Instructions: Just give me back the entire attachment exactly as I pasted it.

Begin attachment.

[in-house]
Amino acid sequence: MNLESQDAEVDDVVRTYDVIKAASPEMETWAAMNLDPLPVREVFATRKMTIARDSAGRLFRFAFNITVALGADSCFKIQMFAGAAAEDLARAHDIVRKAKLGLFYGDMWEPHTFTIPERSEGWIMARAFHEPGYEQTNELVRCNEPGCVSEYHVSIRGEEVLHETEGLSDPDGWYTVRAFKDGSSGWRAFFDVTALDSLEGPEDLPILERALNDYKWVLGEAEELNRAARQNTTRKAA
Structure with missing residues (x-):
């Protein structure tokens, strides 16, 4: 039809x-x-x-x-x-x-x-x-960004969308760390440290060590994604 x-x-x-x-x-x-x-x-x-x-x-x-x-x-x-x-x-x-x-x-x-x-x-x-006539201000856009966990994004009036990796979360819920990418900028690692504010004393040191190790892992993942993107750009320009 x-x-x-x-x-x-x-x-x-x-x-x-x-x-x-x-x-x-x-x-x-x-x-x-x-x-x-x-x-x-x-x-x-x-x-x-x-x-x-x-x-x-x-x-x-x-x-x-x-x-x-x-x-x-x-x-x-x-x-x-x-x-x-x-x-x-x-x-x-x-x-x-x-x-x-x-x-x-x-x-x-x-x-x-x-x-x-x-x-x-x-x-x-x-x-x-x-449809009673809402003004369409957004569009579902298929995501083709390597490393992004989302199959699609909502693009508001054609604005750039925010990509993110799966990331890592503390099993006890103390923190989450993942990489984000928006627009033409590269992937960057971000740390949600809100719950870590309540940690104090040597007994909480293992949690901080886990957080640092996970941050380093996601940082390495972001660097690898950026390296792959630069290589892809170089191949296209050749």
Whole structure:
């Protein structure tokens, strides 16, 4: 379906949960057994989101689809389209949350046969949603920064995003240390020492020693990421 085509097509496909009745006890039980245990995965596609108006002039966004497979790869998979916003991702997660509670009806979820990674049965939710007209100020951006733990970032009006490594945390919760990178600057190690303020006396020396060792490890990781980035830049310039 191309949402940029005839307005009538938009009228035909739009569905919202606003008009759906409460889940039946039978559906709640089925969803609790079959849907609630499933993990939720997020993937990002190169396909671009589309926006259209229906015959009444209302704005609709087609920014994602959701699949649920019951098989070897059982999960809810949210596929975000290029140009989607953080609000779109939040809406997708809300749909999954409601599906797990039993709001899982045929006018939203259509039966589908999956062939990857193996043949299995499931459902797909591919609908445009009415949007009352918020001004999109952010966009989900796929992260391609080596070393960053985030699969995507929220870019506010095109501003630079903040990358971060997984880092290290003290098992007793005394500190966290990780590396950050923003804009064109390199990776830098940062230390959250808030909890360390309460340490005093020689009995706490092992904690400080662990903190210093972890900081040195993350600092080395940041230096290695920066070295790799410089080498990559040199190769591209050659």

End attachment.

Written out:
[in-house]
Amino acid sequence: MNLESQDAEVDDVVRTYDVIKAASPEMETWAAMNLDPLPVREVFATRKMTIARDSAGRLFRFAFNITVALGADSCFKIQMFAGAAAEDLARAHDIVRKAKLGLFYGDMWEPHTFTIPERSEGWIMARAFHEPGYEQTNELVRCNEPGCVSEYHVSIRGEEVLHETEGLSDPDGWYTVRAFKDGSSGWRAFFDVTALDSLEGPEDLPILERALNDYKWVLGEAEELNRAARQNTTRKAA
Structure with missing residues (x-):
């Protein structure tokens, strides 16, 4: 039809x-x-x-x-x-x-x-x-960004969308760390440290060590994604 x-x-x-x-x-x-x-x-x-x-x-x-x-x-x-x-x-x-x-x-x-x-x-x-006539201000856009966990994004009036990796979360819920990418900028690692504010004393040191190790892992993942993107750009320009 x-x-x-x-x-x-x-x-x-x-x-x-x-x-x-x-x-x-x-x-x-x-x-x-x-x-x-x-x-x-x-x-x-x-x-x-x-x-x-x-x-x-x-x-x-x-x-x-x-x-x-x-x-x-x-x-x-x-x-x-x-x-x-x-x-x-x-x-x-x-x-x-x-x-x-x-x-x-x-x-x-x-x-x-x-x-x-x-x-x-x-x-x-x-x-x-x-449809009673809402003004369409957004569009579902298929995501083709390597490393992004989302199959699609909502693009508001054609604005750039925010990509993110799966990331890592503390099993006890103390923190989450993942990489984000928006627009033409590269992937960057971000740390949600809100719950870590309540940690104090040597007994909480293992949690901080886990957080640092996970941050380093996601940082390495972001660097690898950026390296792959630069290589892809170089191949296209050749």
Whole structure:
């Protein structure tokens, strides 16, 4: 379906949960057994989101689809389209949350046969949603920064995003240390020492020693990421 085509097509496909009745006890039980245990995965596609108006002039966004497979790869998979916003991702997660509670009806979820990674049965939710007209100020951006733990970032009006490594945390919760990178600057190690303020006396020396060792490890990781980035830049310039 191309949402940029005839307005009538938009009228035909739009569905919202606003008009759906409460889940039946039978559906709640089925969803609790079959849907609630499933993990939720997020993937990002190169396909671009589309926006259209229906015959009444209302704005609709087609920014994602959701699949649920019951098989070897059982999960809810949210596929975000290029140009989607953080609000779109939040809406997708809300749909999954409601599906797990039993709001899982045929006018939203259509039966589908999956062939990857193996043949299995499931459902797909591919609908445009009415949007009352918020001004999109952010966009989900796929992260391609080596070393960053985030699969995507929220870019506010095109501003630079903040990358971060997984880092290290003290098992007793005394500190966290990780590396950050923003804009064109390199990776830098940062230390959250808030909890360390309460340490005093020689009995706490092992904690400080662990903190210093972890900081040195993350600092080395940041230096290695920066070295790799410089080498990559040199190769591209050659």